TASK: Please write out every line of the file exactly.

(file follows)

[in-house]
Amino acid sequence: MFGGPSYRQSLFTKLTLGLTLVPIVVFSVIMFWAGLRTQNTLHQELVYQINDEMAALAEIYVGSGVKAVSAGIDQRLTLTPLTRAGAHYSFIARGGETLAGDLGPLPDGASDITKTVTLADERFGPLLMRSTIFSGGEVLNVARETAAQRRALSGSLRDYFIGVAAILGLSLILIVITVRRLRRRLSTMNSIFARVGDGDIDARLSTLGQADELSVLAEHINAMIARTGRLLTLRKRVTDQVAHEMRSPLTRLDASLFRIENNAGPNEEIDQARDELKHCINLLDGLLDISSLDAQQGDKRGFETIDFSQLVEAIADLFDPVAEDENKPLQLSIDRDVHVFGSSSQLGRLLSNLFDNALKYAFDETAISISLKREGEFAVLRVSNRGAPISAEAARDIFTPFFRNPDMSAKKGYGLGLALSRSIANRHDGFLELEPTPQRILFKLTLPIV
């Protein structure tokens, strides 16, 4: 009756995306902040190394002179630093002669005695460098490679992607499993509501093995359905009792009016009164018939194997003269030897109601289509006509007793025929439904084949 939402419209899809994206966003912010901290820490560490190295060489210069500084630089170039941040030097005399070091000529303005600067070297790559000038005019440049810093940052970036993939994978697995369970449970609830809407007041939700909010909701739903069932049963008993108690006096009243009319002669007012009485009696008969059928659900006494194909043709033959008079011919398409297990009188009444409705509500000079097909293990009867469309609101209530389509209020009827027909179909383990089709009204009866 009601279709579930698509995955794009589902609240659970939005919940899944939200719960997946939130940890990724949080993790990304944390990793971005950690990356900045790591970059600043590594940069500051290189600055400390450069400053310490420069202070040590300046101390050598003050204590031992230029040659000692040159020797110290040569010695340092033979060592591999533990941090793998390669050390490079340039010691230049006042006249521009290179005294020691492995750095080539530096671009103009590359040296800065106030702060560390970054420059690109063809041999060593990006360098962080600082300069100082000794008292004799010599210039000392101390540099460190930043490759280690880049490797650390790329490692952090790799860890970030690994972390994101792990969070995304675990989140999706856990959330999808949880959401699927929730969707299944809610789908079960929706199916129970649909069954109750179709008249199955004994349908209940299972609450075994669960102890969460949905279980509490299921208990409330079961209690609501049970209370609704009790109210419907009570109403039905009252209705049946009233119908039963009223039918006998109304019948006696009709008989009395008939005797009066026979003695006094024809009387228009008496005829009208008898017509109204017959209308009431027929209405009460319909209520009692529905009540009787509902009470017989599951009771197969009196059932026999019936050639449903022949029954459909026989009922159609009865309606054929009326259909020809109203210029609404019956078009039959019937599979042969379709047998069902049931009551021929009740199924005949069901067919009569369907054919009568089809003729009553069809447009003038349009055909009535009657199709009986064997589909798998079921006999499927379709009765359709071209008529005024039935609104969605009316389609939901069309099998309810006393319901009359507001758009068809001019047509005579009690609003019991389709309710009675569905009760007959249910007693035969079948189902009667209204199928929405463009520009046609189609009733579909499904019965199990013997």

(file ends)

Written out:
[in-house]
Amino acid sequence: MFGGPSYRQSLFTKLTLGLTLVPIVVFSVIMFWAGLRTQNTLHQELVYQINDEMAALAEIYVGSGVKAVSAGIDQRLTLTPLTRAGAHYSFIARGGETLAGDLGPLPDGASDITKTVTLADERFGPLLMRSTIFSGGEVLNVARETAAQRRALSGSLRDYFIGVAAILGLSLILIVITVRRLRRRLSTMNSIFARVGDGDIDARLSTLGQADELSVLAEHINAMIARTGRLLTLRKRVTDQVAHEMRSPLTRLDASLFRIENNAGPNEEIDQARDELKHCINLLDGLLDISSLDAQQGDKRGFETIDFSQLVEAIADLFDPVAEDENKPLQLSIDRDVHVFGSSSQLGRLLSNLFDNALKYAFDETAISISLKREGEFAVLRVSNRGAPISAEAARDIFTPFFRNPDMSAKKGYGLGLALSRSIANRHDGFLELEPTPQRILFKLTLPIV
């Protein structure tokens, strides 16, 4: 009756995306902040190394002179630093002669005695460098490679992607499993509501093995359905009792009016009164018939194997003269030897109601289509006509007793025929439904084949 939402419209899809994206966003912010901290820490560490190295060489210069500084630089170039941040030097005399070091000529303005600067070297790559000038005019440049810093940052970036993939994978697995369970449970609830809407007041939700909010909701739903069932049963008993108690006096009243009319002669007012009485009696008969059928659900006494194909043709033959008079011919398409297990009188009444409705509500000079097909293990009867469309609101209530389509209020009827027909179909383990089709009204009866 009601279709579930698509995955794009589902609240659970939005919940899944939200719960997946939130940890990724949080993790990304944390990793971005950690990356900045790591970059600043590594940069500051290189600055400390450069400053310490420069202070040590300046101390050598003050204590031992230029040659000692040159020797110290040569010695340092033979060592591999533990941090793998390669050390490079340039010691230049006042006249521009290179005294020691492995750095080539530096671009103009590359040296800065106030702060560390970054420059690109063809041999060593990006360098962080600082300069100082000794008292004799010599210039000392101390540099460190930043490759280690880049490797650390790329490692952090790799860890970030690994972390994101792990969070995304675990989140999706856990959330999808949880959401699927929730969707299944809610789908079960929706199916129970649909069954109750179709008249199955004994349908209940299972609450075994669960102890969460949905279980509490299921208990409330079961209690609501049970209370609704009790109210419907009570109403039905009252209705049946009233119908039963009223039918006998109304019948006696009709008989009395008939005797009066026979003695006094024809009387228009008496005829009208008898017509109204017959209308009431027929209405009460319909209520009692529905009540009787509902009470017989599951009771197969009196059932026999019936050639449903022949029954459909026989009922159609009865309606054929009326259909020809109203210029609404019956078009039959019937599979042969379709047998069902049931009551021929009740199924005949069901067919009569369907054919009568089809003729009553069809447009003038349009055909009535009657199709009986064997589909798998079921006999499927379709009765359709071209008529005024039935609104969605009316389609939901069309099998309810006393319901009359507001758009068809001019047509005579009690609003019991389709309710009675569905009760007959249910007693035969079948189902009667209204199928929405463009520009046609189609009733579909499904019965199990013997």